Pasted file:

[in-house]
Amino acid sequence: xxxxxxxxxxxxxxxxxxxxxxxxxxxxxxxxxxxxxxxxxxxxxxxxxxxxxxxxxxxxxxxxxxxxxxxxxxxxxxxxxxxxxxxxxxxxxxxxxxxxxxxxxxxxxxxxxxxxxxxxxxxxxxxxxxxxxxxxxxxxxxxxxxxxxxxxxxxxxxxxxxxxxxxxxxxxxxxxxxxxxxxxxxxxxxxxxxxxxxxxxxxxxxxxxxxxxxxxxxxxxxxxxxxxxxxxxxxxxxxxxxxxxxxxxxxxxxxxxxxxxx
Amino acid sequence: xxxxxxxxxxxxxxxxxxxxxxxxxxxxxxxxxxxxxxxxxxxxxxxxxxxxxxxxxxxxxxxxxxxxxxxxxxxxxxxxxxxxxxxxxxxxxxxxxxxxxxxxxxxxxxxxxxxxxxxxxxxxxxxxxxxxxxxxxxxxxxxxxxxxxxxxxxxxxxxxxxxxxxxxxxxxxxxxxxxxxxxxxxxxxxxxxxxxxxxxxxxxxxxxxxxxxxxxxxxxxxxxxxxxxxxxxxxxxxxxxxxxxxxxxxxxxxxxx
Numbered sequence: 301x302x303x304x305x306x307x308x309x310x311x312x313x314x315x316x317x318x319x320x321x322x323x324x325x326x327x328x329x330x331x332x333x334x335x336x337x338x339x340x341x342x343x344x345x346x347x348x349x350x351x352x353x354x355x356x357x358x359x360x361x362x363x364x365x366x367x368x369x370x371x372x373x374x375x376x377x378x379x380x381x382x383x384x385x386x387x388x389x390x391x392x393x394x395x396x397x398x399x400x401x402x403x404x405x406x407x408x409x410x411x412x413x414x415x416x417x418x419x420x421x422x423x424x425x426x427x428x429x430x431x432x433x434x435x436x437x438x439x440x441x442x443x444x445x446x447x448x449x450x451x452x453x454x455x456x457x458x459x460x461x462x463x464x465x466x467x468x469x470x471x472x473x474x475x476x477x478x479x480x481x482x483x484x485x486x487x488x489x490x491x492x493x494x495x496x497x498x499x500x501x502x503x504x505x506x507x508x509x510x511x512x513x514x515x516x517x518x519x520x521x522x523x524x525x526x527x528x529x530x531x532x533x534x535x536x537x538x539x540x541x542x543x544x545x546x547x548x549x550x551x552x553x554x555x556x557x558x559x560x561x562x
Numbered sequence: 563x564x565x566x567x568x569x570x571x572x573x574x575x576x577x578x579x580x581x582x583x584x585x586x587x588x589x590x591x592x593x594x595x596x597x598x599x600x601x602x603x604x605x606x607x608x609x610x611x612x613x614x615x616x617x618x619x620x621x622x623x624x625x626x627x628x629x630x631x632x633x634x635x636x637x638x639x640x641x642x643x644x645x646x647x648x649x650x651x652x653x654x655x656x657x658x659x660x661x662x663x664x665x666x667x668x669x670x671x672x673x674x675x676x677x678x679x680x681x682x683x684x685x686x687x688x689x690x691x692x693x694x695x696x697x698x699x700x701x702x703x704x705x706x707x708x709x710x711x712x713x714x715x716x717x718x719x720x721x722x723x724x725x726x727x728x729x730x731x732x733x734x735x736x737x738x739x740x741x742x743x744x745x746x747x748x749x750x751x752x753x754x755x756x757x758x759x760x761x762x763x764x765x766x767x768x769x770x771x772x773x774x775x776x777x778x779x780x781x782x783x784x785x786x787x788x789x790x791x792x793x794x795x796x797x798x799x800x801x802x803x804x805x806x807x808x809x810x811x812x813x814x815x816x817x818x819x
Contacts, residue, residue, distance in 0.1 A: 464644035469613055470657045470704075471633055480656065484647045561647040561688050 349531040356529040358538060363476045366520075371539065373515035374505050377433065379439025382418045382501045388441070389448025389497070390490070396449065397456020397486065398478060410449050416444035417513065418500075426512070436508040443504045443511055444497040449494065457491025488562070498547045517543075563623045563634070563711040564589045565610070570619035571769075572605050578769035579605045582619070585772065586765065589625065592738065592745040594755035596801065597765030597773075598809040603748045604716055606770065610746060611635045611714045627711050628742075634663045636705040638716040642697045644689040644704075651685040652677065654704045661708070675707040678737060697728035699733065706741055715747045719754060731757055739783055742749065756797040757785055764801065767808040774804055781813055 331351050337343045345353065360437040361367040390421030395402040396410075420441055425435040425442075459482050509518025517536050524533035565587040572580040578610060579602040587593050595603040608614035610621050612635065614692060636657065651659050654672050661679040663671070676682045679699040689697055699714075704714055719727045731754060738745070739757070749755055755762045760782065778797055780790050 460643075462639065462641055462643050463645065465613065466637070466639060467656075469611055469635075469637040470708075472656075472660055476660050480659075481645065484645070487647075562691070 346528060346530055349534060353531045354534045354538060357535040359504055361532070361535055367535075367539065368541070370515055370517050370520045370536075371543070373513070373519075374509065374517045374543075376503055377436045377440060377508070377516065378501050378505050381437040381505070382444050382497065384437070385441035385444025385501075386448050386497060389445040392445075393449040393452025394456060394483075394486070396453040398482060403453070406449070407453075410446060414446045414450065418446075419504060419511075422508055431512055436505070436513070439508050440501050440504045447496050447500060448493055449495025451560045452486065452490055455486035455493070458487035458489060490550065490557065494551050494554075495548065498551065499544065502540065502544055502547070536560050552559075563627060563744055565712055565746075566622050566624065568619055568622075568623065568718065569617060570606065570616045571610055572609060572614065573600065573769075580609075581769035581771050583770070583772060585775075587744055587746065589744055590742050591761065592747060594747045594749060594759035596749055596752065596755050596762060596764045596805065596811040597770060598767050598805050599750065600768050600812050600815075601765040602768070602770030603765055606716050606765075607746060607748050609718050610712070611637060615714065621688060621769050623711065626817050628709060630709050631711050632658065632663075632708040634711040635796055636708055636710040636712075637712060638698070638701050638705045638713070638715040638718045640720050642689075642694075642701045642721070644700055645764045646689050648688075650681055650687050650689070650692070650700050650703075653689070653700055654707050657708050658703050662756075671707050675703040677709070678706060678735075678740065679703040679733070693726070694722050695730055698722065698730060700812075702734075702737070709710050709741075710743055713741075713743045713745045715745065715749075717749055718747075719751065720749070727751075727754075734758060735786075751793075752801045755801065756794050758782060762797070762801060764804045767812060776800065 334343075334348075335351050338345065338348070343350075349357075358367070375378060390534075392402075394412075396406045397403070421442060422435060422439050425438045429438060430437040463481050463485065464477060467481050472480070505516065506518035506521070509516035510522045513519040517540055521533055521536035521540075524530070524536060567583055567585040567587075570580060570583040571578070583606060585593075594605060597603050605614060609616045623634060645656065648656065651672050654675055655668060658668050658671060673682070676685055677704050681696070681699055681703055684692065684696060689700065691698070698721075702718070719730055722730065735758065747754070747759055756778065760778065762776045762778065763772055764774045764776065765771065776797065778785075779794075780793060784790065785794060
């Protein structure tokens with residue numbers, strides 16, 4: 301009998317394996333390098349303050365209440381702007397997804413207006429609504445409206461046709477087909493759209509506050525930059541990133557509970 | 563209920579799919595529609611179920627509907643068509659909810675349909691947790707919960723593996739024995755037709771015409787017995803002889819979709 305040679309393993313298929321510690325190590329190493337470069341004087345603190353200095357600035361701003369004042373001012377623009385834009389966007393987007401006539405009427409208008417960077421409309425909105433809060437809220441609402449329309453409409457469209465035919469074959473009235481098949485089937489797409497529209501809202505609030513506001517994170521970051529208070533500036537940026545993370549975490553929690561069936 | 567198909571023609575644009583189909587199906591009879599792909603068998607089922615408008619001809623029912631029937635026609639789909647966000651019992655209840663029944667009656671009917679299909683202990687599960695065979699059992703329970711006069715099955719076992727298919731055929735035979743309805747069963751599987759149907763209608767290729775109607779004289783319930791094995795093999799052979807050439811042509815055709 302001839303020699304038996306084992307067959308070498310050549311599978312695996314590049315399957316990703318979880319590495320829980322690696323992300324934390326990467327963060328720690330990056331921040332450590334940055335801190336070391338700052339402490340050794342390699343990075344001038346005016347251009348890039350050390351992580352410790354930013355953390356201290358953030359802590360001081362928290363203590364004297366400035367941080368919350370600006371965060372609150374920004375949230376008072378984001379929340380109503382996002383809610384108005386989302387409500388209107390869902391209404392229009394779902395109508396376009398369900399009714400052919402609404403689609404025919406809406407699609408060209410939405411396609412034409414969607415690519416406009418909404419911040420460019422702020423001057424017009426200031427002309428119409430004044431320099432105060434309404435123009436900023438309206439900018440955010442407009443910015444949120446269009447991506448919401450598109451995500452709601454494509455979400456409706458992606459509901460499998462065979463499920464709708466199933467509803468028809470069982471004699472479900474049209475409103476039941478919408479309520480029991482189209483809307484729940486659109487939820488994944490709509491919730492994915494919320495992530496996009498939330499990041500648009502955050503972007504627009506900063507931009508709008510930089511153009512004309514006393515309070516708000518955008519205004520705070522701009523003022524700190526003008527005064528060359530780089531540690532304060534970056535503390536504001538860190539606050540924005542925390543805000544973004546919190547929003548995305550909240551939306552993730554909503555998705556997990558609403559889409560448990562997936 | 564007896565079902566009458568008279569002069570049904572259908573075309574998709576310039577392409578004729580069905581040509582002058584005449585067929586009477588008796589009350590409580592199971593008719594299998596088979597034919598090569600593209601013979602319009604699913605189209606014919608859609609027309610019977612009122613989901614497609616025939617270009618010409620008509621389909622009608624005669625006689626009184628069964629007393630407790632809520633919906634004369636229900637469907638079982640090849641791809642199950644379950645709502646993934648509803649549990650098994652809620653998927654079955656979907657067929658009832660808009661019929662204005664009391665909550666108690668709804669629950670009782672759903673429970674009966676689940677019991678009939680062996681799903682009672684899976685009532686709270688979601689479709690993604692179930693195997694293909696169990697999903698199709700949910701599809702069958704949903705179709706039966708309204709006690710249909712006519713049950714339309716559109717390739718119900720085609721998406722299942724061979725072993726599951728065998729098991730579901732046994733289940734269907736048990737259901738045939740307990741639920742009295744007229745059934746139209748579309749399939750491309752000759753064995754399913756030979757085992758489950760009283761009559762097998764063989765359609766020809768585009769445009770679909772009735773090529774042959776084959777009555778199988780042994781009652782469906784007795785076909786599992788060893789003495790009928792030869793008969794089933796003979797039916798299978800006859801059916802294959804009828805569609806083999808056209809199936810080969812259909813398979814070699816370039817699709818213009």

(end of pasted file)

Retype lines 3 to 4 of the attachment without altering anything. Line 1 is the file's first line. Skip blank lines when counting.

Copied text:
Amino acid sequence: xxxxxxxxxxxxxxxxxxxxxxxxxxxxxxxxxxxxxxxxxxxxxxxxxxxxxxxxxxxxxxxxxxxxxxxxxxxxxxxxxxxxxxxxxxxxxxxxxxxxxxxxxxxxxxxxxxxxxxxxxxxxxxxxxxxxxxxxxxxxxxxxxxxxxxxxxxxxxxxxxxxxxxxxxxxxxxxxxxxxxxxxxxxxxxxxxxxxxxxxxxxxxxxxxxxxxxxxxxxxxxxxxxxxxxxxxxxxxxxxxxxxxxxxxxxxxxxxx
Numbered sequence: 301x302x303x304x305x306x307x308x309x310x311x312x313x314x315x316x317x318x319x320x321x322x323x324x325x326x327x328x329x330x331x332x333x334x335x336x337x338x339x340x341x342x343x344x345x346x347x348x349x350x351x352x353x354x355x356x357x358x359x360x361x362x363x364x365x366x367x368x369x370x371x372x373x374x375x376x377x378x379x380x381x382x383x384x385x386x387x388x389x390x391x392x393x394x395x396x397x398x399x400x401x402x403x404x405x406x407x408x409x410x411x412x413x414x415x416x417x418x419x420x421x422x423x424x425x426x427x428x429x430x431x432x433x434x435x436x437x438x439x440x441x442x443x444x445x446x447x448x449x450x451x452x453x454x455x456x457x458x459x460x461x462x463x464x465x466x467x468x469x470x471x472x473x474x475x476x477x478x479x480x481x482x483x484x485x486x487x488x489x490x491x492x493x494x495x496x497x498x499x500x501x502x503x504x505x506x507x508x509x510x511x512x513x514x515x516x517x518x519x520x521x522x523x524x525x526x527x528x529x530x531x532x533x534x535x536x537x538x539x540x541x542x543x544x545x546x547x548x549x550x551x552x553x554x555x556x557x558x559x560x561x562x